A bunch of avatar control stuff stopped working

Make sure you haven’t overridden your avatar’s main animator with one of your animation controllers (e.g. you were adding new animations for a customization option).

Things that commonly stop working when this has happened:

  • Visemes when speaking
  • AFK animations
  • Crouching
  • Locomotion
  • Blinking

My rig isn’t behaving quite right

VRChat does some really weird stuff when it comes to conforming your avatar’s rig to its reference rig. It’s pretty helpful to try modeling based on the base rig that they provide in the SDK (under Packages/com.vrchat.avatars/Samples/Dynamics/Robot Avatar/). It seems like the way it tries to conform your avatar to its intuition of your real-life human skeleton is backwards, like if the shoulders are too far out, it moves them further out. Very weird, and unfortunately this stuff isn’t very well-documented.

There’s a well-regarded video entitled VRChat FBT Fixes which has some tips and tricks for how to fix some of the more common rigging issues, but unfortunately a lot of the fixes seem to be on the order of “trick VRChat into thinking you have a non-conforming skeleton,” and I haven’t found a good guide for how exactly to proportion, rig, and weight-paint a mesh for best results. Every avatar base I’ve obtained seems to do things differently and I think it’s just a case of “throw stuff at the wall until it works.”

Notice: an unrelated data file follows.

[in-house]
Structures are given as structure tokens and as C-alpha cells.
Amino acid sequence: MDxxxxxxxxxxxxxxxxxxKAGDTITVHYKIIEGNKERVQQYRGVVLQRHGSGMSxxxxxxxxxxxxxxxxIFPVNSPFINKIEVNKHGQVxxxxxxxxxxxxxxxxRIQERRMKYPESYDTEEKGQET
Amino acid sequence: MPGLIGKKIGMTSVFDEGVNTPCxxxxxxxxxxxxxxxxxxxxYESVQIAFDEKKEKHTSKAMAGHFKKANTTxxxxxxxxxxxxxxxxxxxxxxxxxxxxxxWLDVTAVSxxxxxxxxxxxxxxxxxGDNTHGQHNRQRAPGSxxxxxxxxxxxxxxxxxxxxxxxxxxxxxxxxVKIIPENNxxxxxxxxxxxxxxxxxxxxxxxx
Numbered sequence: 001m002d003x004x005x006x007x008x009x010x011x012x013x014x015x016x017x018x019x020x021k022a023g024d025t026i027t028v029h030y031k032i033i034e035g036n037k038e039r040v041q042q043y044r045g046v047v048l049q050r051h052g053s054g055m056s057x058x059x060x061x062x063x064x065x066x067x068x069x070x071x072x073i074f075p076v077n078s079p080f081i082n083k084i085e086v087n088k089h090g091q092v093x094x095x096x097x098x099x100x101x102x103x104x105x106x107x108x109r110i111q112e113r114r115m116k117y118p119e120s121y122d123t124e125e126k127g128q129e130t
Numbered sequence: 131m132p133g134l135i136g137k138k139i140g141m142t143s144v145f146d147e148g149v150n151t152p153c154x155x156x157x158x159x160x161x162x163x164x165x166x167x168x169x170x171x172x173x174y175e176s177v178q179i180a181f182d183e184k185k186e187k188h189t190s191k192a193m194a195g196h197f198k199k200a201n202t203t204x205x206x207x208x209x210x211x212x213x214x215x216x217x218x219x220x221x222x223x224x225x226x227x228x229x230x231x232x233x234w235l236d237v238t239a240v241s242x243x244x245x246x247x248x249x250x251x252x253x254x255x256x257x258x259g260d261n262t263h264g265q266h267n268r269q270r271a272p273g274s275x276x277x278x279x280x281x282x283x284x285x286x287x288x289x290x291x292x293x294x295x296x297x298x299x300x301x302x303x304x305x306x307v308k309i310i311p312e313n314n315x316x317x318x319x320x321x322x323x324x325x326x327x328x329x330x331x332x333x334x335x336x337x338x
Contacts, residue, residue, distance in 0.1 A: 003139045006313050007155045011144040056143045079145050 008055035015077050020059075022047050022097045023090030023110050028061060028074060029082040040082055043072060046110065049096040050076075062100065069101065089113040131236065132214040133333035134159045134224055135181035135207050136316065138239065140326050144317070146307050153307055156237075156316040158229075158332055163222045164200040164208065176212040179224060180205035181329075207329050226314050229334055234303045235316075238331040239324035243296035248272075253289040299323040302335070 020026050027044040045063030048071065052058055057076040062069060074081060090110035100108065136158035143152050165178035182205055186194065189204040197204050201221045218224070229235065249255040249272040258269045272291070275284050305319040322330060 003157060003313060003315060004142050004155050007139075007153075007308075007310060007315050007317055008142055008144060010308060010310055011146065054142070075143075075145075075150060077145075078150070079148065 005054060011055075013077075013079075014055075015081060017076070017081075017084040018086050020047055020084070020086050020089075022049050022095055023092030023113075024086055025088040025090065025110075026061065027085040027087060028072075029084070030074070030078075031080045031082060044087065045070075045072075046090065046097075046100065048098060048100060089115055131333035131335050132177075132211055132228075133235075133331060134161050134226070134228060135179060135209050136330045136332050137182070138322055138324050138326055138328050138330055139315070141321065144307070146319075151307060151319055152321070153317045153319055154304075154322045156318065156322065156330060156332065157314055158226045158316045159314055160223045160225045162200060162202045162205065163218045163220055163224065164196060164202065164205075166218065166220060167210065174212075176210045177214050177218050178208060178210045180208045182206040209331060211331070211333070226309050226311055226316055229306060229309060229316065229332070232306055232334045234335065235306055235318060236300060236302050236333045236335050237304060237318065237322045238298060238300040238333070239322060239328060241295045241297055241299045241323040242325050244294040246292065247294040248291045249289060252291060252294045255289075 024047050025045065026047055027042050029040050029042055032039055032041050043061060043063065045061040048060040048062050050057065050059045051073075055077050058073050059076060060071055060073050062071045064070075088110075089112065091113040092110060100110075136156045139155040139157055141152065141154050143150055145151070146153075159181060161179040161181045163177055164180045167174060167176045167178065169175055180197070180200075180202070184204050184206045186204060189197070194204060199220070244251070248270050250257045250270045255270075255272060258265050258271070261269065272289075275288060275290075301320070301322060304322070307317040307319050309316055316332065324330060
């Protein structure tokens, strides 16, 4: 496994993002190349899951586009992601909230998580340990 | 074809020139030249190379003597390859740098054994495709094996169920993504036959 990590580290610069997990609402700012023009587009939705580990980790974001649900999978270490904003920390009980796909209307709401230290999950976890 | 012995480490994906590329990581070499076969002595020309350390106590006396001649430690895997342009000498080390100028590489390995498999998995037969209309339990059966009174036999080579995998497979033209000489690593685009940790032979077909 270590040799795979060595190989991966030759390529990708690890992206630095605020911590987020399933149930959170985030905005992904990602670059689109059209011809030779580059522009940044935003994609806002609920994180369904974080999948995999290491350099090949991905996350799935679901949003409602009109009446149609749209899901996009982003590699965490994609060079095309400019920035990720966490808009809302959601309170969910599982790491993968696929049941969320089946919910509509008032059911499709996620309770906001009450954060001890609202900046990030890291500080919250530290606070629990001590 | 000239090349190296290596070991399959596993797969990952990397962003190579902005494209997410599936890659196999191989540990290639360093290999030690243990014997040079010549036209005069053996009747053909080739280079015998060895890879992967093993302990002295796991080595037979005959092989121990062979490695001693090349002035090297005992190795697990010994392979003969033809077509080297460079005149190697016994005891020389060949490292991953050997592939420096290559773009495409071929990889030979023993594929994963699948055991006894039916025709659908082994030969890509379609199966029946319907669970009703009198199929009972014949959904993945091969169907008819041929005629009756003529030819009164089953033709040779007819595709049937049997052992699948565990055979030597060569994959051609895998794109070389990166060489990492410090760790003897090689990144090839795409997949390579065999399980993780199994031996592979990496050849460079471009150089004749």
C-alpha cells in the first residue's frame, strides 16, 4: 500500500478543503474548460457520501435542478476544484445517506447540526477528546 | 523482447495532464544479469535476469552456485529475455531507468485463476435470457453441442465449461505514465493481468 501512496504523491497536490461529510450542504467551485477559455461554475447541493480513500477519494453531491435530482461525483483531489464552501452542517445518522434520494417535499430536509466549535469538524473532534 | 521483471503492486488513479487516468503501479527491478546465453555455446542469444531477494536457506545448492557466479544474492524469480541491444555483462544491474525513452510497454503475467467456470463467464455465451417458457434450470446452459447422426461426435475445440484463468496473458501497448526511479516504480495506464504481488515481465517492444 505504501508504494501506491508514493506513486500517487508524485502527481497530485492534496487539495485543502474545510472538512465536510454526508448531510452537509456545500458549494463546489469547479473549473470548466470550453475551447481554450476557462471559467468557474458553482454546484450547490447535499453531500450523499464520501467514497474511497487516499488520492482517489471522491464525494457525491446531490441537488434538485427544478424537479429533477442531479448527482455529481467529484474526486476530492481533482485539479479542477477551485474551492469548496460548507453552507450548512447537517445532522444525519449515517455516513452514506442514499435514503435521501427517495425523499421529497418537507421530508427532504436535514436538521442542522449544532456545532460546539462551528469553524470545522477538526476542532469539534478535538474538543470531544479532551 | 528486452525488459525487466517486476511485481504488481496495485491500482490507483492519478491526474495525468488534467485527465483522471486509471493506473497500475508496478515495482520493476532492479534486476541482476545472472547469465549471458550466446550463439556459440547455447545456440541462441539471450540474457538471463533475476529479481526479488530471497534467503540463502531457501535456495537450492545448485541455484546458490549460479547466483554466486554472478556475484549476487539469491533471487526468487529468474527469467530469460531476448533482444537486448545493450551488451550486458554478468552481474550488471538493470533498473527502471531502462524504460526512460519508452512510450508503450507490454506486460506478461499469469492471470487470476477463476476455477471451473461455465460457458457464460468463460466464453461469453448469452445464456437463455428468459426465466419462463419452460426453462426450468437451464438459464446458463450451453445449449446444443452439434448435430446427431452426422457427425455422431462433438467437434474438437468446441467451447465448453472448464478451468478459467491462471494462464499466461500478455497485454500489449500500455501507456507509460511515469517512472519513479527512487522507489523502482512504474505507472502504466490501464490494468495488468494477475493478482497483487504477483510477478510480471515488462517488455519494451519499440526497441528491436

It’d be nice if there were libraries of existing reference poses and image references for how, exactly, to weight paint the mesh, in particular.

Meanwhile, here’s a few things I’ve figured out over the years:

  • Make sure that your FBX units were set correctly at export time
  • Make sure not to conform your avatar skeleton to the Unity t-pose, as that seems to cause more problems than it solves

Setting up my eye tracking is super weird!

The bones for your eyes are supposed to point upwards, not forwards.

Yeah, it’s weird. They probably had a reason for that.

Wrapping up

Whoops this was meant to just be a bunch of links to things you could consult and not a bunch of tutorial/help guides on its own. Well, if you found it helpful anyway, please consider buying one of my avatars or supporting me on Ko-Fi all the same.


Before commenting, please read the comment policy.

Avatars provided via Libravatar